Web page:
Surging COVID-19 Cases In Calaveras Get It Added To State’s List
San Andreas, CA — Beginning early Thursday, Calaveras County will have to roll back business operations for exceeding metrics in place to help control the spread of coronavirus infections.
On Monday, Calaveras County Public Health (CDPH) officials state that the California Department of Public Health confirmed that Calaveras will be added to the County Monitoring List.
This means that starting Thursday at 1 a.m. the following industries or activities will be required to shut down unless they can be modified to operate outside or by curbside pickup: gyms and fitness centers; places of worship and cultural ceremonies, like weddings and funerals; offices for noncritical infrastructure sectors; personal care services, like nail salons and body waxing; hair salons and barbershops; shopping malls. Shops that offer tattoos, piercings, and electrolysis, which may not legally operate outdoors must close.
Additionally, any schools that have not yet begun the school year will not have the option to conduct in-person learning with modifications and will be required to conduct distance learning only until Calaveras remains off the monitoring List for 14 consecutive days. Officials add that schools that have already started the school year will not be required to move to distance learning educational delivery only.
Public Health Officer Dr. Dean Kelaita explains that the county has been added to the monitoring list because it is experiencing increased disease transmission and hospitalization levels that exceed the metrics outlined by the CDPH.
“Despite this setback, we encourage our whole community to be vigilant everywhere they go. Practice physical distancing, wear a face covering, get tested, wash your hands often, and stay home if you are sick,” he stresses. “This virus spreads mainly person-to-person. People need to make it a point to avoid any gatherings including places where physical distancing and masking are not being followed. That’s how we slow the spread and that’s how we get off the monitoring list.”
Currently, all counties statewide must close indoor operations in these sectors:
— Dine-in restaurants
— Wineries and tasting rooms
— Movie theaters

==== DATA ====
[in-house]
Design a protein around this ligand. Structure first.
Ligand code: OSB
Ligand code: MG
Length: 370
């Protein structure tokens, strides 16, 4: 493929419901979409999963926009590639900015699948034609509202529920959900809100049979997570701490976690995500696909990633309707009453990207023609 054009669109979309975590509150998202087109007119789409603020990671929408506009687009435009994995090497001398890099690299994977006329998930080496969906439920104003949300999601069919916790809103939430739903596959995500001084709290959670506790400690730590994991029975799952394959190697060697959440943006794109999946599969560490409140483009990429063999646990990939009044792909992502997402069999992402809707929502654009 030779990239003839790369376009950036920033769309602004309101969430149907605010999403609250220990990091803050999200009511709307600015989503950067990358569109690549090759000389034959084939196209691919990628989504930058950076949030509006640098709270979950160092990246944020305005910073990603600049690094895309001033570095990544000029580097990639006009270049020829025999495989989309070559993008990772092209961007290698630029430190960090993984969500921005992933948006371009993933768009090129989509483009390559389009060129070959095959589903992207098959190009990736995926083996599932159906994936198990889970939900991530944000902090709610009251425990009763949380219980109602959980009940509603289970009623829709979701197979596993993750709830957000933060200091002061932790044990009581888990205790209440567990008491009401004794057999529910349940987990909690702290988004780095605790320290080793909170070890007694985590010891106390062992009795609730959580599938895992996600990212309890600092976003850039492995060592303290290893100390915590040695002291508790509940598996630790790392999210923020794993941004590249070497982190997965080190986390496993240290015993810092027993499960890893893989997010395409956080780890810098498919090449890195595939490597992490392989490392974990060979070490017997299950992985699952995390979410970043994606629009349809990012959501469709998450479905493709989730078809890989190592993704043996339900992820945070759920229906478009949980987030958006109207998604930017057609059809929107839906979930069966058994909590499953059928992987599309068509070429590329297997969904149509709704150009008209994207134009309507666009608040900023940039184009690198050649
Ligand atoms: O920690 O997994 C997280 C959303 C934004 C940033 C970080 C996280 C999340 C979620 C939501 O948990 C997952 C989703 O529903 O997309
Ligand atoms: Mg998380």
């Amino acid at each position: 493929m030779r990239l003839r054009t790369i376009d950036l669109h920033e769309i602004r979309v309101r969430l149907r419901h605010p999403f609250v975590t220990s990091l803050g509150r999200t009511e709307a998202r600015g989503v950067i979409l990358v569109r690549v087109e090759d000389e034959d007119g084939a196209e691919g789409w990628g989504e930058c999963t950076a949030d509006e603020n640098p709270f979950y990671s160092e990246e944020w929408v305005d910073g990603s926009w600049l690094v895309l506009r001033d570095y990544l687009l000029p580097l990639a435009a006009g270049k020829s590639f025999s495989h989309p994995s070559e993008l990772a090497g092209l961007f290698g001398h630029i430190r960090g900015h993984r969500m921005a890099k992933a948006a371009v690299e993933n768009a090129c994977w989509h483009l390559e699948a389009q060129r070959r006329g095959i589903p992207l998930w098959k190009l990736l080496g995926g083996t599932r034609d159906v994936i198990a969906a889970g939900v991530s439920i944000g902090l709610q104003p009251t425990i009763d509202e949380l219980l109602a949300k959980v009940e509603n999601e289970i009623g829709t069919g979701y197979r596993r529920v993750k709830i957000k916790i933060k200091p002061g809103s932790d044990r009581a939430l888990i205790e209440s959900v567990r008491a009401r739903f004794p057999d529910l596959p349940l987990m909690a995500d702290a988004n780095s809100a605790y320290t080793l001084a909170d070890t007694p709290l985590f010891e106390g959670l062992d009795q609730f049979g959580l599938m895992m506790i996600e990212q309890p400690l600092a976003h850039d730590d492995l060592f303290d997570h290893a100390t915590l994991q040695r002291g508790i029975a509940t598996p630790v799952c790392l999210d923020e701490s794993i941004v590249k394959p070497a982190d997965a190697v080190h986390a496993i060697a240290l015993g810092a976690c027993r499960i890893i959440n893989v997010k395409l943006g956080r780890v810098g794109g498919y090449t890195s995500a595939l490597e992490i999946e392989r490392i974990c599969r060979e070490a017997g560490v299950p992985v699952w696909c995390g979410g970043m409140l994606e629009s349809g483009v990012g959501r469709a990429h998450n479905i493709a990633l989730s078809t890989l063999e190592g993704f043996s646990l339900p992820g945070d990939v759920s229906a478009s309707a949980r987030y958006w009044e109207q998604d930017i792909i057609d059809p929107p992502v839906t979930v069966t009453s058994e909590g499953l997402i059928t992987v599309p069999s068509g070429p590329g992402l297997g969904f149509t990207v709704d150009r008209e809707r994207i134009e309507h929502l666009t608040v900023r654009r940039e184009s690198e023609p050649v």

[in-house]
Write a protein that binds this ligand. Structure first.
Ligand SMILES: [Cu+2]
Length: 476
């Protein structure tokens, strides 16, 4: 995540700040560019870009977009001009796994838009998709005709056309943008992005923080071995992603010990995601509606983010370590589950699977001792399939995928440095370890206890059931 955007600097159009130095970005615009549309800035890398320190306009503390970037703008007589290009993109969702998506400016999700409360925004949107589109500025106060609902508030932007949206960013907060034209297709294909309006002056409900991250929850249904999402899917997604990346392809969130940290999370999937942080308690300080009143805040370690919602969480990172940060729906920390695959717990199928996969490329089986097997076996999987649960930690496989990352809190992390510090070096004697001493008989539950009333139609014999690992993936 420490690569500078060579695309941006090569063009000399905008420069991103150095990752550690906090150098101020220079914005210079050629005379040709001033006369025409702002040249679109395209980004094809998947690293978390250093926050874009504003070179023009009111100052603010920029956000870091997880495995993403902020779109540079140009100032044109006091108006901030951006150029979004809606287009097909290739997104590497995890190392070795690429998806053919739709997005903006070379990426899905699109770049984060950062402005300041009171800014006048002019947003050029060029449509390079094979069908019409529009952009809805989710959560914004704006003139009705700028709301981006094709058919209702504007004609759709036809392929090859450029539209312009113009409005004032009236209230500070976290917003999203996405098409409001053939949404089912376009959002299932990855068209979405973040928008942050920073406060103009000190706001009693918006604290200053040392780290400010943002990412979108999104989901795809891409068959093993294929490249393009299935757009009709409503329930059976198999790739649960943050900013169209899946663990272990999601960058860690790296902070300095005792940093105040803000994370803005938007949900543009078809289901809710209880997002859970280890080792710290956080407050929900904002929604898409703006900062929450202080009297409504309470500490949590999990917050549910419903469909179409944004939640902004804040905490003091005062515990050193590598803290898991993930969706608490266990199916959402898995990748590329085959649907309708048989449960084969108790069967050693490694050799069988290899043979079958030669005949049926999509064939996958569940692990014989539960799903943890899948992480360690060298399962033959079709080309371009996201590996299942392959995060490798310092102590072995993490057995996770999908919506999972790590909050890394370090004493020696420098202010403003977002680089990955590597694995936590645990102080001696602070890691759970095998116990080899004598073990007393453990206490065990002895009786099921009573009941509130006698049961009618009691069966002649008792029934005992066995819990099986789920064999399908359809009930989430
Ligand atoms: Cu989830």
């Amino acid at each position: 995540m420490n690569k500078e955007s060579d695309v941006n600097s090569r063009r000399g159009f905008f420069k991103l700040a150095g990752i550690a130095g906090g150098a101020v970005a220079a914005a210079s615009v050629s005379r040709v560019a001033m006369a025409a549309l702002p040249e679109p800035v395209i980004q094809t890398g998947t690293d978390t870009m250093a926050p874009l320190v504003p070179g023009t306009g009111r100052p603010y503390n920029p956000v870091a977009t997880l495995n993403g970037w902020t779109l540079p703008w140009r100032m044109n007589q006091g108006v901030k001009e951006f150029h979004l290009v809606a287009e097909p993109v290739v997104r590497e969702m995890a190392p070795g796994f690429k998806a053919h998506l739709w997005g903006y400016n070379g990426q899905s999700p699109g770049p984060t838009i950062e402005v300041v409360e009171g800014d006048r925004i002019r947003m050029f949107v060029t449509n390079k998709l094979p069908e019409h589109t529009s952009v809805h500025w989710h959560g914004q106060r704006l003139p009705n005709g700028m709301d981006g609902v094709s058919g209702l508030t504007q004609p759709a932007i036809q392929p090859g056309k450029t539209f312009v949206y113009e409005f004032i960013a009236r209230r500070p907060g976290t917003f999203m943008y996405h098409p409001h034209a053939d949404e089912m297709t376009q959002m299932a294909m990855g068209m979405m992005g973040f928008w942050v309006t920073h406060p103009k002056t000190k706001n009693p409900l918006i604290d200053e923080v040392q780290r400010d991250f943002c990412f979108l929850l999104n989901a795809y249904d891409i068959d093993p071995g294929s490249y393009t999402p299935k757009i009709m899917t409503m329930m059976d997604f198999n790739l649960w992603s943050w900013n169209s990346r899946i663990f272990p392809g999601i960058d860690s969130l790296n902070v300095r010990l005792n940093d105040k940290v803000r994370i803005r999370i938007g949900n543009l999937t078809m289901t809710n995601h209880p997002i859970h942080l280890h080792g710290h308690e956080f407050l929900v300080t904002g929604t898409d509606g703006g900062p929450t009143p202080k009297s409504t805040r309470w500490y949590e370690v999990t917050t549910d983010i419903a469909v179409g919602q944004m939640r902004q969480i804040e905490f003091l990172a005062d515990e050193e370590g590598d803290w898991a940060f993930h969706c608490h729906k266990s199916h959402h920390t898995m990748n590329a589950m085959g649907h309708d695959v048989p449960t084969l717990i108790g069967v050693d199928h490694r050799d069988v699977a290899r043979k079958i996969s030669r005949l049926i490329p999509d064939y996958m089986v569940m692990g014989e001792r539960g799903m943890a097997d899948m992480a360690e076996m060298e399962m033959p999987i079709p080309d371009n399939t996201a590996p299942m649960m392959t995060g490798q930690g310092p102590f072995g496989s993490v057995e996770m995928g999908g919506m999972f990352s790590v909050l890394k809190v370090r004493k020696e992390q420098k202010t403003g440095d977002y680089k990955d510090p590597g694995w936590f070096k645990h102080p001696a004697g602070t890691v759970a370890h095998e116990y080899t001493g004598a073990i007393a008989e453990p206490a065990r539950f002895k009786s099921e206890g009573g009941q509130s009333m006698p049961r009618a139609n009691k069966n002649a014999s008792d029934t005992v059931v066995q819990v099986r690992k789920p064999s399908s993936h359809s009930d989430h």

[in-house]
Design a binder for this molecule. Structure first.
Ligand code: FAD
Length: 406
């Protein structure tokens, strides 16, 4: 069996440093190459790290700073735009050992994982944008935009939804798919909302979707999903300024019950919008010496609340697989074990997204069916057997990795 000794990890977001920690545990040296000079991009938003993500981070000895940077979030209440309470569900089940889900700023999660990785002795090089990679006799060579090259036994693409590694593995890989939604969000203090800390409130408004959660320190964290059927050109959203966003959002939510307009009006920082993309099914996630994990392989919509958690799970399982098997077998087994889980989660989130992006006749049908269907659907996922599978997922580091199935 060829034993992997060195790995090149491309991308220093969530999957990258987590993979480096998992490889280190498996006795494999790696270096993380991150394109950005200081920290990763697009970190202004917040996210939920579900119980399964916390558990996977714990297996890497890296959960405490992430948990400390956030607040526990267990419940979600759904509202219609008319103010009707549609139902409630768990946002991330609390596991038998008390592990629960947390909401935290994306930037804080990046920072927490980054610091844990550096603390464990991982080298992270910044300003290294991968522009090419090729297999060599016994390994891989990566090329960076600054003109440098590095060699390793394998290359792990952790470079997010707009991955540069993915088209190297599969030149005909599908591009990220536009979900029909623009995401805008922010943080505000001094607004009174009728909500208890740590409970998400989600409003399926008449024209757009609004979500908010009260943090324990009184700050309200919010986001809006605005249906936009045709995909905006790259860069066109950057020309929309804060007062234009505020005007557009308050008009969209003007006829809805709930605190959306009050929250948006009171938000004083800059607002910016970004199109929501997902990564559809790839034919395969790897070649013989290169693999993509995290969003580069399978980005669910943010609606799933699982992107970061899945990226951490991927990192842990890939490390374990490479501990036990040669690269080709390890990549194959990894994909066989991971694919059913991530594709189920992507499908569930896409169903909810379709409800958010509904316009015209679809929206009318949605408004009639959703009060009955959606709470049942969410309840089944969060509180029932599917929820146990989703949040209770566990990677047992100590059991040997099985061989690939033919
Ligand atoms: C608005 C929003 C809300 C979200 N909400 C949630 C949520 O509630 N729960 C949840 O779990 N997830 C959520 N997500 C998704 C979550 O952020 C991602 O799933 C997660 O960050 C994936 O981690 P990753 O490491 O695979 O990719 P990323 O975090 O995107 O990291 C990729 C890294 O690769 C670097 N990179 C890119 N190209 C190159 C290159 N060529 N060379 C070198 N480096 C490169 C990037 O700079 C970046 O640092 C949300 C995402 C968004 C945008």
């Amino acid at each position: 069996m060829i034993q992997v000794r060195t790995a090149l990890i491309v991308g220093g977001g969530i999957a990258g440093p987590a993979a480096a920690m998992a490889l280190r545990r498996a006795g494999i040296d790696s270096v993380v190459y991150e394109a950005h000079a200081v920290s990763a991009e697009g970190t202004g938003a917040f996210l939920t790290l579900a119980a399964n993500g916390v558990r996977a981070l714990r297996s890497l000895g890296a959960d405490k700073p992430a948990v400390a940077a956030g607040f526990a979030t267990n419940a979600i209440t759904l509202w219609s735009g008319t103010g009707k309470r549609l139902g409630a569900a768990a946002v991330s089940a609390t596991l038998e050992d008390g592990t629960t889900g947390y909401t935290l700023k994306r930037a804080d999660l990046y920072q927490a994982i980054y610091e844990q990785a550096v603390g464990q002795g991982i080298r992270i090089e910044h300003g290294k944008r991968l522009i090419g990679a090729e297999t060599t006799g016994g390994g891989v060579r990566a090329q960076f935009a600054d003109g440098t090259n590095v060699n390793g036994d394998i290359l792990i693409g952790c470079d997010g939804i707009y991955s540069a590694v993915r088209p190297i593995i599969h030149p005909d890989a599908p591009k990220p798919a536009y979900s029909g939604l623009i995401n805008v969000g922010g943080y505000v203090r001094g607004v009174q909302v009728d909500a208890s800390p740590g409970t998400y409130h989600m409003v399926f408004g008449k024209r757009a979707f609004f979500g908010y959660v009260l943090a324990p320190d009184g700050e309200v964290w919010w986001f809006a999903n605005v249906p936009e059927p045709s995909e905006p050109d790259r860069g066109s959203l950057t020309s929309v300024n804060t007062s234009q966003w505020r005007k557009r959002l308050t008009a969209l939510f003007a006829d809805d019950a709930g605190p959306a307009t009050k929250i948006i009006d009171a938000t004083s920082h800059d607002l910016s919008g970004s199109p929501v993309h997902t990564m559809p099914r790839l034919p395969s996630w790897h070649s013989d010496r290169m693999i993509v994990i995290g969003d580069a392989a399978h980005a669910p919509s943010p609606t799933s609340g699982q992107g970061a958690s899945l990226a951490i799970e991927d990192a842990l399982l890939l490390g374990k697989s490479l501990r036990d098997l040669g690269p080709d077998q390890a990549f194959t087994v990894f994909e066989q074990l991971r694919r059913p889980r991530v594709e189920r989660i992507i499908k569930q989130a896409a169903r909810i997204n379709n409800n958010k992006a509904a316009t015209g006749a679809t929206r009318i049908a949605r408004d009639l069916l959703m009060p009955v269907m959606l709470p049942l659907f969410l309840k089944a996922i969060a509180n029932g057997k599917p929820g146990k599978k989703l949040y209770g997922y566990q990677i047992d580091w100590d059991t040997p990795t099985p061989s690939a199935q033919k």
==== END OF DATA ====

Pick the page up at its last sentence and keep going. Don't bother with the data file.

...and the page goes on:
— Family entertainment centers, such as bowling alleys, miniature golf, batting cages, and arcades
— Zoos and museums
Additionally, bars, brewpubs, breweries, and pubs must close all operations both indoor and outdoor statewide, unless they are offering sit-down, outdoor dining. Alcohol can only be sold in the same transaction as a meal.
The best ways to avoid exposure to the virus are to stay home if you are sick; stay at least six feet away from people outside of your household; wash your hands often with soap and water for at least 20 seconds and avoid touching your eyes, nose, and mouth with unwashed hands; wear a face covering over your nose and mouth when around others.
Dr. Kelaita states that symptoms can appear 2-14 days after exposure to the virus and that people with possible emergency warning signs for COVID-19 should seek emergency care immediately:
— Fever or chills
— Shortness of breath or difficulty breathing
— Muscle or body aches
— New loss of taste or smell
— Sore throat
— Congestion or runny nose
— Nausea or vomiting
— Trouble with breathing
— New confusion or weakness
— Bluish lips or face
— Persistent pain or pressure in the chest
— Inability to wake or stay awake
No-cost testing for COVID-19 remains available to anyone who would like to get tested through the OptumServe COVID-19 testing site located at the Calaveras County Fairgrounds. Hours are Tuesday-Saturday from 7 a.m. until 7 p.m. Testing is also available to children ages three and older. People are highly encouraged to register online by clicking here. People without Internet access should call 1-888-634-1123.
As reported here late Friday, the most recent update, Calaveras is monitoring 23 individuals who tested positive for COVID-19 are in isolation or in the hospital, and are reported as ‘Active Cases.’ Three residents of Calaveras were in the hospital and one reportedly passed away due to COVID-19. Of the 174 known Calaveras residents who have tested positive for coronavirus since March, 150 have been released from isolation. The 150 are reported as ‘recovered’ although they may never have experienced noticeable symptoms or may continue to have lingering health issues related to the virus. Contact tracing is on-going, limited details are released to the public about individuals to protect their privacy as well as related HIPPA regulations.
Calaveras public health also says, “The state’s electronic laboratory reporting system, CalREDIE, has been experiencing a backlog of COVID-19 lab reports. Despite these issues, Calaveras Public Health staff continue to work diligently to confirm local cases and provide the most accurate data available to the public. However, recent data published by Calaveras Public Health may reflect an underreporting of COVID-19 cases in the county. The state is working to address the backlog in CalREDIE and any new cases attributed to the backlog will be reported to local health departments when it is resolved. Given these delays Calaveras Public Health urges anyone with a positive lab result to call 754-6460 to connect with a staff person who can provide information, services, and support.”